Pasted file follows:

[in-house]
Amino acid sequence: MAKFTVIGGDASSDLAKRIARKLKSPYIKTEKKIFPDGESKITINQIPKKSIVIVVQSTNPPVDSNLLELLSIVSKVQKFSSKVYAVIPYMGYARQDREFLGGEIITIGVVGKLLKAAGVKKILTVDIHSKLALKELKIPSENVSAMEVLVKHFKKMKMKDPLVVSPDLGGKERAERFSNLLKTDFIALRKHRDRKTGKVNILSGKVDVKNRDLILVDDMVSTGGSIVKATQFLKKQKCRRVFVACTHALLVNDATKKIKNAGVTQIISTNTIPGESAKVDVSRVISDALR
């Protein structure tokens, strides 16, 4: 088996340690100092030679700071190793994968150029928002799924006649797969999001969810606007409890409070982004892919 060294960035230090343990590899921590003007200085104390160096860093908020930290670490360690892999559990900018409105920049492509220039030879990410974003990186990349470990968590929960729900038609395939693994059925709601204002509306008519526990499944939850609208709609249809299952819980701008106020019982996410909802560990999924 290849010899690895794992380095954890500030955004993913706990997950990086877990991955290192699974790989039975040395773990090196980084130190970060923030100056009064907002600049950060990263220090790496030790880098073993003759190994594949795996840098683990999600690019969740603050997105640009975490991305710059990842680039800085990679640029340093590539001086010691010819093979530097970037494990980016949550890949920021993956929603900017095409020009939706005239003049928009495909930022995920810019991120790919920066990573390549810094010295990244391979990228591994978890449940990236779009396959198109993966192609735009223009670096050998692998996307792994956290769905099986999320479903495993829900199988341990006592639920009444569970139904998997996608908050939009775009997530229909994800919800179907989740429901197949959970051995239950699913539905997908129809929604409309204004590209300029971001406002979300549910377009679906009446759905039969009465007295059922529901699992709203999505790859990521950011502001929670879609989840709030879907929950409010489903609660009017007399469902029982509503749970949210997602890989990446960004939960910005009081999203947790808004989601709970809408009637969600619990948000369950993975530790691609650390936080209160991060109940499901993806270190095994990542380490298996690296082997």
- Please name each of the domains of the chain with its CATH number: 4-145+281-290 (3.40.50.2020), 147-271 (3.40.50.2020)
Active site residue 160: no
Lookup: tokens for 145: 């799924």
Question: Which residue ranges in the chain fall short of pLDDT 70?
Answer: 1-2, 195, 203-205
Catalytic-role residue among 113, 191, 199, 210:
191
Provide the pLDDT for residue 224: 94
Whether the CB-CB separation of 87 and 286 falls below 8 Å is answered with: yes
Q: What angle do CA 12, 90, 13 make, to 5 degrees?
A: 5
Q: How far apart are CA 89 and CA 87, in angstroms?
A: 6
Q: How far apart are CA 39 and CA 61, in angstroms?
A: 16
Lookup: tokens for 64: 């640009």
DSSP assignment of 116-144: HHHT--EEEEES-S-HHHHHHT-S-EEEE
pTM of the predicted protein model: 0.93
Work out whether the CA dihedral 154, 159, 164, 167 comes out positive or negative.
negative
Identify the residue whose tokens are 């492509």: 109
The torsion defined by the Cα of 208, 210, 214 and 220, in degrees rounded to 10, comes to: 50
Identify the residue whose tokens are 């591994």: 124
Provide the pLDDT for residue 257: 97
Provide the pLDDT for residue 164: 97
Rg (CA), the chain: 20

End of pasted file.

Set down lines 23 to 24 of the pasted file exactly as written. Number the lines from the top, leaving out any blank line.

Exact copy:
negative
Identify the residue whose tokens are 């492509």: 109